25th Aug 2016, 17:02
My daughter has netflix. When we were staying with her she said we could watch a film if we wanted. After trawling through dozens of American films, most of which I had never heard of we ended up watching a couple of old episodes of Dinner Ladies - a BBC sitcom!

They were excellent :ok:

John Marsh
25th Aug 2016, 18:28
Re. powerline adaptors: unfortunately, there's a downside to these. They transmit interference on short wave radio frequencies, thus disrupting reception for listeners and radio amateurs.

Really, they should be illegal. As they aren't, it's up to the individual consumer to decide whether to install any.

Relevant legislative changes are possible:
The telecoms regulator has started a new consultation that proposes to expand the remit of its existing wireless telegraphy legislation in order to tackle electronic devices that create “undue interference“, which among other things could target consumers that make use of bad Powerline Adapters (HomePlug) for their home computer networks.Ofcom Propose to Prosecute Owners of Bad Powerline Network Adapters - ISPreview UK (http://www.ispreview.co.uk/index.php/2015/01/ofcom-propose-prosecute-owners-bad-powerline-network-adapters.html)

andytug
25th Aug 2016, 19:01
It may be you need more than one router/access point to get decent coverage throughout the house. Also gives more wireless bandwidth as a single g class router often gives you less bandwidth than what comes down the wire, if you're on fibre especially. A second selling point, you put the kids on router/AP2 and can disconnect or time bar them without affecting your own access.

Gertrude the Wombat
25th Aug 2016, 19:57
If mission control in Houston managed to receive Armstrong's "That's one small step for man, one giant leap for mankind" crystal clear radio transmission from a quarter million miles away on the moon almost 50 years ago, why can't those pricks at British Telecom hook me up with a wifi box that works in every room in the house?
I don't regard it as the telco's job to design my home network for me. (I'm certainly not paying them for such a service.)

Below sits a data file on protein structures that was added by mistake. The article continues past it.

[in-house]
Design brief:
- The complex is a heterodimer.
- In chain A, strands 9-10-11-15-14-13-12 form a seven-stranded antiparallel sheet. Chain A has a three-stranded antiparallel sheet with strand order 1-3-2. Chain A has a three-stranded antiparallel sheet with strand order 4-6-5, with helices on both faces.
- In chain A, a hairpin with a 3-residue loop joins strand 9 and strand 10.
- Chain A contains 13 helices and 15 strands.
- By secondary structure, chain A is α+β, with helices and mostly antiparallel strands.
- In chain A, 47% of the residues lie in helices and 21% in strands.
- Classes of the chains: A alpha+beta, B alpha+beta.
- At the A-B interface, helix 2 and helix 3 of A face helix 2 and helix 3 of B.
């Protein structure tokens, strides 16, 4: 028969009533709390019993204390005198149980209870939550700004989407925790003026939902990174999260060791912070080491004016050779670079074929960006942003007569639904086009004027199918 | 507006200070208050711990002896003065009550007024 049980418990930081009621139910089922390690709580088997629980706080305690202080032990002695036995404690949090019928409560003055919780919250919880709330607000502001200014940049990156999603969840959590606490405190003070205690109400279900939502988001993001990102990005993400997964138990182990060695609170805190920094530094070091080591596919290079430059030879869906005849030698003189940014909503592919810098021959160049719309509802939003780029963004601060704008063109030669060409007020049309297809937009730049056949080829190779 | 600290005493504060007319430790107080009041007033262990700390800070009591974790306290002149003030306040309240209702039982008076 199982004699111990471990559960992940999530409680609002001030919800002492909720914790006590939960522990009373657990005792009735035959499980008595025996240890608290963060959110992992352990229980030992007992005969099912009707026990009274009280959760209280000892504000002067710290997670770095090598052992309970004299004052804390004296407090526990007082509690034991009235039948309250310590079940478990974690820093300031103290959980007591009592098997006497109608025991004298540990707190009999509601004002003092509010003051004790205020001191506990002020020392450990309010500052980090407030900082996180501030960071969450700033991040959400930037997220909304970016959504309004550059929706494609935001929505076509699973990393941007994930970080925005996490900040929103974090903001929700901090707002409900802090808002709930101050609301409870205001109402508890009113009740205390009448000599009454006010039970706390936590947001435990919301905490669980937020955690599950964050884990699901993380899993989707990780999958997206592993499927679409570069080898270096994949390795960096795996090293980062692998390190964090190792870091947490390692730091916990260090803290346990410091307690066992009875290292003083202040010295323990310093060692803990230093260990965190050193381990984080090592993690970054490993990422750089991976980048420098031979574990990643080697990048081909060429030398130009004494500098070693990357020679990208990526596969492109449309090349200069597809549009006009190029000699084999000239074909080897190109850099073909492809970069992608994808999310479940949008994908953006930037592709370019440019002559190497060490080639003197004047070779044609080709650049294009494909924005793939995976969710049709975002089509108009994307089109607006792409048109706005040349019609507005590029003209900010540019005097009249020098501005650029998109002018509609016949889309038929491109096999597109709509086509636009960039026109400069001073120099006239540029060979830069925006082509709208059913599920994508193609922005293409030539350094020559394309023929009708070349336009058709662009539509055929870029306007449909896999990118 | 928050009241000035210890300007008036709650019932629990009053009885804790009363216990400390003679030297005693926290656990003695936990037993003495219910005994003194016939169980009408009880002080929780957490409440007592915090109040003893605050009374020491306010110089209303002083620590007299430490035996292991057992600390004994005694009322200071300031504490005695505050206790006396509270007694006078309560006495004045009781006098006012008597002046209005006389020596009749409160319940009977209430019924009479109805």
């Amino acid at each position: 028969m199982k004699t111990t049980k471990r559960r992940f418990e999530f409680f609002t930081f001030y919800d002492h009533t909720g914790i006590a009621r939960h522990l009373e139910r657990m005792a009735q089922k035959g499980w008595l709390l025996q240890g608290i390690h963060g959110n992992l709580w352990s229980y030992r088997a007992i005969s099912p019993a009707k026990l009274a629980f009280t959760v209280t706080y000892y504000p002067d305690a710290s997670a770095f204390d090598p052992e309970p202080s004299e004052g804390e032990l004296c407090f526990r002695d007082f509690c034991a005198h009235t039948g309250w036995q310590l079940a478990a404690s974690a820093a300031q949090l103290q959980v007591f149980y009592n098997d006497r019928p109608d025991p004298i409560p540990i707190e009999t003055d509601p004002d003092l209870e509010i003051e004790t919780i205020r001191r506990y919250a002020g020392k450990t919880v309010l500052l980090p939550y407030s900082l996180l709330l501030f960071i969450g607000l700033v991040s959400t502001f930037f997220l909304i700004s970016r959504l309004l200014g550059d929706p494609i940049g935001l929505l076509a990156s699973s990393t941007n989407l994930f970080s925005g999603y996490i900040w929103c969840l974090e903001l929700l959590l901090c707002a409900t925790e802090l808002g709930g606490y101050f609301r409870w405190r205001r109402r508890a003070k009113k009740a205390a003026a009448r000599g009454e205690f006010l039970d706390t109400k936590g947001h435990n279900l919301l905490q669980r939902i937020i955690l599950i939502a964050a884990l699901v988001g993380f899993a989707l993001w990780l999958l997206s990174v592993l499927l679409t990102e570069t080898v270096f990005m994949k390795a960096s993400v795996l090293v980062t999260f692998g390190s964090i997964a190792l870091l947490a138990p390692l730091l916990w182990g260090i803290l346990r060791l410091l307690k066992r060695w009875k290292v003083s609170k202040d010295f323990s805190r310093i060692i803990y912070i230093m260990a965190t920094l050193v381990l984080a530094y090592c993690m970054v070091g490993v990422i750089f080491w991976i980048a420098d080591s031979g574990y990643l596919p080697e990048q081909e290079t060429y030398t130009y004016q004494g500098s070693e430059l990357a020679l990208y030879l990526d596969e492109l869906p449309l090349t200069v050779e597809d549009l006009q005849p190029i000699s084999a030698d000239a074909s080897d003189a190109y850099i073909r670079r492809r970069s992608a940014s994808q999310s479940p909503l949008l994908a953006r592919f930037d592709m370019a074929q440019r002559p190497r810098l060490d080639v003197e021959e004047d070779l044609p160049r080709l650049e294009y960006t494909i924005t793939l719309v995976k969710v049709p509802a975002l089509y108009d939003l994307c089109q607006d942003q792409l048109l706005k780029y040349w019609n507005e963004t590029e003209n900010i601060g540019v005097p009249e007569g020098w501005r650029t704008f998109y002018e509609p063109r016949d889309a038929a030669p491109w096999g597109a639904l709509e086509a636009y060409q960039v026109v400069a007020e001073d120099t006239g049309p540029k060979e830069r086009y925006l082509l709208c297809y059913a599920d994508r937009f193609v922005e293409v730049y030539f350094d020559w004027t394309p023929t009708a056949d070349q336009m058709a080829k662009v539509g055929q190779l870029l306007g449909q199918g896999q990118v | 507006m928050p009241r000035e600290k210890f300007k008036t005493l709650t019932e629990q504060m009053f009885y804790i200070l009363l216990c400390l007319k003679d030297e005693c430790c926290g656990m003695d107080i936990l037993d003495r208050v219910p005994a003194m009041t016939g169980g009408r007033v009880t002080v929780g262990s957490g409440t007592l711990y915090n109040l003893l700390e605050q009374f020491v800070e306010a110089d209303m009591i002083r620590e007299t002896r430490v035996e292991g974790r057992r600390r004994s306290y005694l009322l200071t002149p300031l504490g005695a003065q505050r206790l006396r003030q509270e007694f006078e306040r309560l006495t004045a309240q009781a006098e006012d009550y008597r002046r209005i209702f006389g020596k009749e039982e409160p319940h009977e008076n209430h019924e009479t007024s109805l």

I take the telco's broadband router, disable any wi-fi features it might have, then wire it up to my routers, switches, hubs and, yes, wi-fi access points. But these are all of specs that I've chosen, are located where I want them, and are configured how I choose to configure them.


And it all works absolutely fine. And continues to work when, every few years, the telco replaces the cable modem - I just have to make sure that the installer turns off any clever gizmos the new one contains, such as Wi-Fi access points, and configures it to be a plain vanilla modem.

radeng
26th Aug 2016, 15:26
NASA had 60 foot diameter dishes for antennas. WiFi routers are limited to 100mW EIRP at 2.4 GHz (the Harmonised European Standard is from ETSI and is EN300 389) and 400 mW at 5 GHz.

Powerline adaptors are SUPPOSED to notch out the HF amateur bands, just as many wall mounting power supplies are SUPPOSED to have filters to stop radio interference. Frequently, the holes are there on the PC board and the components aren't.

DirtyProp
26th Aug 2016, 15:50
If mission control in Houston managed to receive Armstrong's "That's one small step for man, one giant leap for mankind" crystal clear radio transmission from a quarter million miles away on the moon almost 50 years ago, why can't those pricks at British Telecom hook me up with a wifi box that works in every room in the house?
Shurely those big bush wheels you installed some time ago are too large and block the signal.
:}

ORAC
26th Aug 2016, 16:36
You could always switch to LiFi-X....

pureLiFi? LiFi-X - pureLiFi? (http://purelifi.com/lifi-products/lifi-x/)